A digression must be employed to prove a point that holds the substance of the rest of this short article. When a professional sportsman engages in his sport, he must be precise in order to overcome and win whatever game he is attempting. The professional basketball player must precisely shoot the ball with the proper height and distance, without any interference, into the small-rimmed basket in which the ball must travel in order to score points. The baseball player must swing his bat at precisely the right time and height in order to connect with the baseball and hit a home run. The right wing must shoot the small black puck at precisely the right angle and speed to obtain a goal where the goalie is most weak or unsuspecting. The football team must precisely run the pattern of play in order to score the touchdown. The golfer must strike the golf-ball with such a precision to roll it into a hole that is not much larger than it from many yards away over various terrains. In every sport precision is needed if that sport is played well, at the very least. In some sporting events, like the Olympics, only the most precise are allowed to compete after they qualify. Precision, exactness, is mandatory to compete in such games. What of the pulpit of Jesus Christ? How precise should the preacher or teacher be?
If sports require the utmost precision in order for any given athlete to compete well, and it is a man-made game, how much more precision should there be in handling aright the Word of God? Those men throughout the history of the church that God has given as gifts to His church have been given a solemn duty to be precise in translating and teaching God’s Word to God’s chosen people. God will not bless sloppy work. God will not use sloppy work to spark revival. God will not condone sloppy pastoral study and preaching. God desires preachers and teachers to be doctrinally precise in everything they teach and in everything they preach. The specific words they use, the phrases, the sentences, all of them should echo precision. When the preacher steps down out of the pulpit there should be a sense that they leave behind a mark upon the minds of their people. It is much different than a parishioner saying, “That was a good sermon.” It’s much more than that. The preacher should have impressed upon them the Word of God and so handled it accurately and precisely that as they said of Baxter, “He screwed truth into my mind.” This should be the case every time the preacher preaches. The congregation should believe that “Heaven was opened to me and I saw the glories of Christ,” upon each sermon. This is not idealism, but plain speaking about the necessity of the pastor’s and teacher’s precision as they handle the word of God. When one reads a puritan book, they say how “rich and powerful” it is page after page. Oftentimes people can only read a page or two to “soak it in.” But wait – it is the compilation of old sermons that they preached! The book “Gospel Worship” by Jeremiah Burroughs is like this. So is “The Works of Christopher Love.” So is “The Sermons of Thomas Watson.” Why then is this not the case with every sermon your preacher preaches? What is wrong?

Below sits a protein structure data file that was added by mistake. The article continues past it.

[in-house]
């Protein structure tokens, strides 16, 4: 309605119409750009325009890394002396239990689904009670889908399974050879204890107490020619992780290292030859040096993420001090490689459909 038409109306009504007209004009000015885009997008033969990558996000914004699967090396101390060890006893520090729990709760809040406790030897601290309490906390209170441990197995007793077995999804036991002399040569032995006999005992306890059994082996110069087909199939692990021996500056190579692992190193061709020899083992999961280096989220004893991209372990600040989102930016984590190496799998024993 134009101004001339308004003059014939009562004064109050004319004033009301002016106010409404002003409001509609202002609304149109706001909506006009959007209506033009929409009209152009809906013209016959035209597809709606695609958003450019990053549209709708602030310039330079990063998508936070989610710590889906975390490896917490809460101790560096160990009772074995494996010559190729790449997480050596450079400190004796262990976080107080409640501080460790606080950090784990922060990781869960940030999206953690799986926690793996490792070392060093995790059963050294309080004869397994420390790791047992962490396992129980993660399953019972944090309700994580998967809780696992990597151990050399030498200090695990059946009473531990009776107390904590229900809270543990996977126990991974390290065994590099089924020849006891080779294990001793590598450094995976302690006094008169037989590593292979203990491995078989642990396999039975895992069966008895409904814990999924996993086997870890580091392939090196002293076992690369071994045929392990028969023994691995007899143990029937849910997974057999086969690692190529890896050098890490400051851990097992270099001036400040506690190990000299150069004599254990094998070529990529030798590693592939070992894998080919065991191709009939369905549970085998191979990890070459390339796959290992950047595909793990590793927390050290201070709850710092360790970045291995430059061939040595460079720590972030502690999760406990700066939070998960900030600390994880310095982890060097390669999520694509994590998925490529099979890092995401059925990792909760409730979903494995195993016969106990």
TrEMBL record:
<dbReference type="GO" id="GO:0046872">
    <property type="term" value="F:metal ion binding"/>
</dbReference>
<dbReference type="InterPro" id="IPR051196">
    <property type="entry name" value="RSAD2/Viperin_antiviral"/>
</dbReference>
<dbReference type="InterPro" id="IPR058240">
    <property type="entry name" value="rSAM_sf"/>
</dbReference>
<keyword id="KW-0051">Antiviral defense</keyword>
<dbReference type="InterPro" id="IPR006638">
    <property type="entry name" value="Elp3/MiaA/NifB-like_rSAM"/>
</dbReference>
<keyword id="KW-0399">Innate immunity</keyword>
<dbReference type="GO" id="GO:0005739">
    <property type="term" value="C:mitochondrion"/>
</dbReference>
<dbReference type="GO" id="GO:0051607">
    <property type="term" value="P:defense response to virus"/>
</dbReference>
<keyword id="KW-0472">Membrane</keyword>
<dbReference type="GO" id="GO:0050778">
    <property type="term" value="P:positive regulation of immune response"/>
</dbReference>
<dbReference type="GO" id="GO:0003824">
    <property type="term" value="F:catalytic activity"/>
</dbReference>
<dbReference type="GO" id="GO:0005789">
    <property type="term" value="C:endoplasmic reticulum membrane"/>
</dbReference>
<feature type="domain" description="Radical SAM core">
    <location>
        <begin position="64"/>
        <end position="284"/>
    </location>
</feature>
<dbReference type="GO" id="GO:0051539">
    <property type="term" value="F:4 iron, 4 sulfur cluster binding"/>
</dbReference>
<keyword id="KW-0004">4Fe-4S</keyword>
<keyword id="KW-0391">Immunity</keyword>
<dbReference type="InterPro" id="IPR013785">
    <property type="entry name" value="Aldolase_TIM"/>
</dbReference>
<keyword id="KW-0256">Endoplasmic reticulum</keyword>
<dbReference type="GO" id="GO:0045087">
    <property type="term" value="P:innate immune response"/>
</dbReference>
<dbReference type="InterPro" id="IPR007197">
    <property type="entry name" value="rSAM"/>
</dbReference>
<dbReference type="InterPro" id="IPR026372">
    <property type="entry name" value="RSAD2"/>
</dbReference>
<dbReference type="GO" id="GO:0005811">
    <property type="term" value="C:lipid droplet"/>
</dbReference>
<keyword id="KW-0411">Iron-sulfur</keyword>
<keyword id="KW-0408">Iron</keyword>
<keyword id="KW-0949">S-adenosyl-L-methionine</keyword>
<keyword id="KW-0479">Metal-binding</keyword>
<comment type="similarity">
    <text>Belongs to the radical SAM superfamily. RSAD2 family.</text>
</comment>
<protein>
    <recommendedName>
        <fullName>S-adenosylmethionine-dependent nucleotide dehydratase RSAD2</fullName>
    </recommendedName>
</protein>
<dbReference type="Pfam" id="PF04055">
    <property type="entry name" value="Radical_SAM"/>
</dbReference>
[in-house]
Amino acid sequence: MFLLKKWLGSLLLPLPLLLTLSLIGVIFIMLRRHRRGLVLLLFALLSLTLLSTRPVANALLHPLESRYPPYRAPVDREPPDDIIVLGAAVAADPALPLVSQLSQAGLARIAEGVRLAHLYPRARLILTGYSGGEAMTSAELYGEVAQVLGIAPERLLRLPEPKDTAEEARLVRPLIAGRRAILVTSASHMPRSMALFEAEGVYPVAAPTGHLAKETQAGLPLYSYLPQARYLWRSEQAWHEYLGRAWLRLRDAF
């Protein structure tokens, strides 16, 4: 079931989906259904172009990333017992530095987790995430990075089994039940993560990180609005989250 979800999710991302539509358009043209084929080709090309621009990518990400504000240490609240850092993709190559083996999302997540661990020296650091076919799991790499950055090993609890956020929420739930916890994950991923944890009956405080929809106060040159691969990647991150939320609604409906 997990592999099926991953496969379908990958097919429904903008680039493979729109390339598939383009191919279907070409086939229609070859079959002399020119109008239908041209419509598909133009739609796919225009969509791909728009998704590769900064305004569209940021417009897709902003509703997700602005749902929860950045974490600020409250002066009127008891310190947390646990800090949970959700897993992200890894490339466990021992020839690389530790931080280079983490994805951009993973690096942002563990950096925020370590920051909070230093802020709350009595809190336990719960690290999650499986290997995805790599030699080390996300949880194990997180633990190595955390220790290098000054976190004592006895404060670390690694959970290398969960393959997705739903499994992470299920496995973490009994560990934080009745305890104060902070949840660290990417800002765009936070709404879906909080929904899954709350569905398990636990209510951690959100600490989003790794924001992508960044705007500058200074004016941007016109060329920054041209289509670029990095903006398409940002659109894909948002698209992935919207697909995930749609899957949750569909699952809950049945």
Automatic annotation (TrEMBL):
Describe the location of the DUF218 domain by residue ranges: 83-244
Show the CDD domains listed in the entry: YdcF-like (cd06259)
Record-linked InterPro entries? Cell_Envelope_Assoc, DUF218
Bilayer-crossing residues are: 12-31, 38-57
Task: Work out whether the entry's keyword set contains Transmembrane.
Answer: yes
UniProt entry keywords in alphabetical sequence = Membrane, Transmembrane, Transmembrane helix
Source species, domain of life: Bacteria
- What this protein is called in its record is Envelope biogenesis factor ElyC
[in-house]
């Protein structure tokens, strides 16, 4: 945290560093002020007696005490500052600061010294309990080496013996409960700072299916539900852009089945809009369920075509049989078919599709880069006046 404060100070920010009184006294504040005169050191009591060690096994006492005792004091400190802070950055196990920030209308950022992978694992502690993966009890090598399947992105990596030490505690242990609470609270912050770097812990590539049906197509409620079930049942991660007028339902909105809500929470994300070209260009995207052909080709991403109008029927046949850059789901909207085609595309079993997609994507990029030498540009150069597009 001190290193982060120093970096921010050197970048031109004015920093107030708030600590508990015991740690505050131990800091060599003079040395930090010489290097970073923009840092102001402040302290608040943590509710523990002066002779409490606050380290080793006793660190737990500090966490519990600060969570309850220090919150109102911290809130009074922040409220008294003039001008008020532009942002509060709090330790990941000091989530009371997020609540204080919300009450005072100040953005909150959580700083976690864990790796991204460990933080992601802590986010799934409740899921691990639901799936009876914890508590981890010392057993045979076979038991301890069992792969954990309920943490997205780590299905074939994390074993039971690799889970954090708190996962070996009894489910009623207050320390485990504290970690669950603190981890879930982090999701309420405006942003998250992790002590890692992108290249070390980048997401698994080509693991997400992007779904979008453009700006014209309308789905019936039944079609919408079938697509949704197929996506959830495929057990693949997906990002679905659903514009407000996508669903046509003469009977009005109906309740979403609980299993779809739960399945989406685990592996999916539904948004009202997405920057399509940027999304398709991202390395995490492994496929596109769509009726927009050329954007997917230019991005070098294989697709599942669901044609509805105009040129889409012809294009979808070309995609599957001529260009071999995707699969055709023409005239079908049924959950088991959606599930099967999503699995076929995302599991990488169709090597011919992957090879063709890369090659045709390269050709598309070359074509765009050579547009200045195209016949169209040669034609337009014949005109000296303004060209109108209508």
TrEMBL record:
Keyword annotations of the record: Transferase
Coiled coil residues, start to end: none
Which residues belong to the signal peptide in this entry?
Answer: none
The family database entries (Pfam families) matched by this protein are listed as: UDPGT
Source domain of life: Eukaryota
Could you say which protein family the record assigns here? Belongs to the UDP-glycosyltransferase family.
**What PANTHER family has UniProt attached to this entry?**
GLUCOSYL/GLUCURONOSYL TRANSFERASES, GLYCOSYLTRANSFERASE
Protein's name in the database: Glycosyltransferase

The Puritan was known as a doctrinal precisionist. Their sermons are dense, and thick and rich with the vibrancy of a thoughtful and skilled mediation on the Scriptures. This is the reason why puritan publishers today sell relatively little books to Christendom as a whole. The people in today’s church cannot deal with the material that the precisionist presents. So, as a result, pastors today may quote a puritan from time to time, but their own preaching is never modeled after puritan preaching because the people could never handle it; or that is at least what most pastors think. This writer disagrees. Those sermons were preached to common people of the day. Many of those people were educated to certain degrees, but they still preached to the common people. The butcher, baker, candlestick maker, the ploughboy, and the beggar on the street heard them preach vibrant thoughtful sermons. This is not a problem with the people; it is a problem with today’s pastor and teacher. Because today’s pastor or teacher is not a precisionist in their own studies and sermon preparation, their mastery of the material they are presenting is usually “shallow” and “popular.” “Shallow” is easy to define. It has no depth. It’s a sermon built upon a text without much detail or exposition overall. But “popular” means that you combine a shallow study with illustrative “superficial” exposition of Scripture. That is the “just enough” amount that will get by in a given sermon or teaching. Preaching may last an hour, but its an hour of “nothing much.” It would be better to have 15 minutes of “something” than an hour of “nothing much.”